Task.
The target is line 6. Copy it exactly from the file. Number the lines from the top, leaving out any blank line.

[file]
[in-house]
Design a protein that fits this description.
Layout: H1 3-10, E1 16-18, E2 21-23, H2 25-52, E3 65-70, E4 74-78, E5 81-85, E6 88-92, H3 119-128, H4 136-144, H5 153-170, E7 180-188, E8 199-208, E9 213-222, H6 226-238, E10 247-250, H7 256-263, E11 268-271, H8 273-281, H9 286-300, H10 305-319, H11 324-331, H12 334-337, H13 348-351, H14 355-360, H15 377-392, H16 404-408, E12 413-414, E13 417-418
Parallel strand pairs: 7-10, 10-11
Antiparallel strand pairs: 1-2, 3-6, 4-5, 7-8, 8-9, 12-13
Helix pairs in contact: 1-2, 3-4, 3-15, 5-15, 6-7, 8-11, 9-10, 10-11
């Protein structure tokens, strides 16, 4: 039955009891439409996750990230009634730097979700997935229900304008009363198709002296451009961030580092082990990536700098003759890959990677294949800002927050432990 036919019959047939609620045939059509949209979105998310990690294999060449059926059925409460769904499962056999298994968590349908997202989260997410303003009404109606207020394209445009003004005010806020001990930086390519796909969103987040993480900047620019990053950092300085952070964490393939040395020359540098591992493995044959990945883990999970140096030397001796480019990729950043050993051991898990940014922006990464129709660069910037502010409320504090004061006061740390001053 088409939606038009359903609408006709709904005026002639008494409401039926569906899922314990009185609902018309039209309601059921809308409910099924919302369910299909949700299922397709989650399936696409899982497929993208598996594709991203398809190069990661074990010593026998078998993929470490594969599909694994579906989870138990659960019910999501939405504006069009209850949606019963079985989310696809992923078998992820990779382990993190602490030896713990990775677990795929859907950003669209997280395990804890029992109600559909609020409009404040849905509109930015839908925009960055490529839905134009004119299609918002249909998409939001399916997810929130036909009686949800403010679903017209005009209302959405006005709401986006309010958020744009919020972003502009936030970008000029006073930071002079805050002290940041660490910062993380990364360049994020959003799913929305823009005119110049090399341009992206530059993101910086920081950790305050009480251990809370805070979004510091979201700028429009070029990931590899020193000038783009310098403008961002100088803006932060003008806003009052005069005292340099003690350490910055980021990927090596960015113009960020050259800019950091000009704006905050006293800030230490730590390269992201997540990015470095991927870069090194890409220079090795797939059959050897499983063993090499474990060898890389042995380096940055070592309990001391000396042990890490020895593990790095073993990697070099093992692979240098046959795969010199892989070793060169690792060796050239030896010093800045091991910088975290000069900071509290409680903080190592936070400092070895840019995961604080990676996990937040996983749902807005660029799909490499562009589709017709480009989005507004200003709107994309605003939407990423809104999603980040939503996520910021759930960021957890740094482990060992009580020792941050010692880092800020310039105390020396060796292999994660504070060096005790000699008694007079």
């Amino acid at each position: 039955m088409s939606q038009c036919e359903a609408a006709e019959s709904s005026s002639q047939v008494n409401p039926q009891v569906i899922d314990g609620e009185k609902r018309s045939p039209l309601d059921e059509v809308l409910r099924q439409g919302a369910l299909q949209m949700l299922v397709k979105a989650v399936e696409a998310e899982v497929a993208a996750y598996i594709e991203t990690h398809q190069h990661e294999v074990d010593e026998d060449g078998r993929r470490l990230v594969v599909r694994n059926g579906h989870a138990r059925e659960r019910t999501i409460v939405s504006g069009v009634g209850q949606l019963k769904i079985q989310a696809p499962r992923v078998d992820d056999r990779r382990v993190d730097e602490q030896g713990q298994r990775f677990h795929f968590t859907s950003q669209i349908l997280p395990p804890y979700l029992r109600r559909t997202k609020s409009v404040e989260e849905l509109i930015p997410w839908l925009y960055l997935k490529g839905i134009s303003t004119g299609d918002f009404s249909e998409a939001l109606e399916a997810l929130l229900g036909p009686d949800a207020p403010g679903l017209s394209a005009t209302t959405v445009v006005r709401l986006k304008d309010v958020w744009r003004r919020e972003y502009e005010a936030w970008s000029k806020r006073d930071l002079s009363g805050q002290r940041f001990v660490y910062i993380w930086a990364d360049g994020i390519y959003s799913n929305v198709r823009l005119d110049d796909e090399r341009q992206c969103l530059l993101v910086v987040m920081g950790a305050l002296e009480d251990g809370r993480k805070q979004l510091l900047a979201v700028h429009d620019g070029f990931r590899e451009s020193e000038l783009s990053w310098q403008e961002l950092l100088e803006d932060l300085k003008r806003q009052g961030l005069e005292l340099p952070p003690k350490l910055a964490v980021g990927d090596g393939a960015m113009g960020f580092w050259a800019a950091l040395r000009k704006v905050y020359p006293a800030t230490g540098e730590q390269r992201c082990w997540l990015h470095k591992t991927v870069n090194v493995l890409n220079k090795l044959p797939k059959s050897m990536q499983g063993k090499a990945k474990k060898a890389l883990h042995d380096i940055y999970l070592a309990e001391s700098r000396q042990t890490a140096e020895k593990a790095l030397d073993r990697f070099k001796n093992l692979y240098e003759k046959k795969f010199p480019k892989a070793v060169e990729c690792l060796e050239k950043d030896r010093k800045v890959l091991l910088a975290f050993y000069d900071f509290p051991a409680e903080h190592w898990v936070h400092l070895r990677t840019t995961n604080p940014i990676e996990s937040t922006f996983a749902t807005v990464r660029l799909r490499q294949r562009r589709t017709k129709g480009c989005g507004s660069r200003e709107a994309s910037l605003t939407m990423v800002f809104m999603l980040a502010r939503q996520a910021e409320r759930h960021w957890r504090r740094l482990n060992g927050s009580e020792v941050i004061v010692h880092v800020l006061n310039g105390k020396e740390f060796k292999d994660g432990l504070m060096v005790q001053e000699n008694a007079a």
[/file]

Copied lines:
Helix pairs in contact: 1-2, 3-4, 3-15, 5-15, 6-7, 8-11, 9-10, 10-11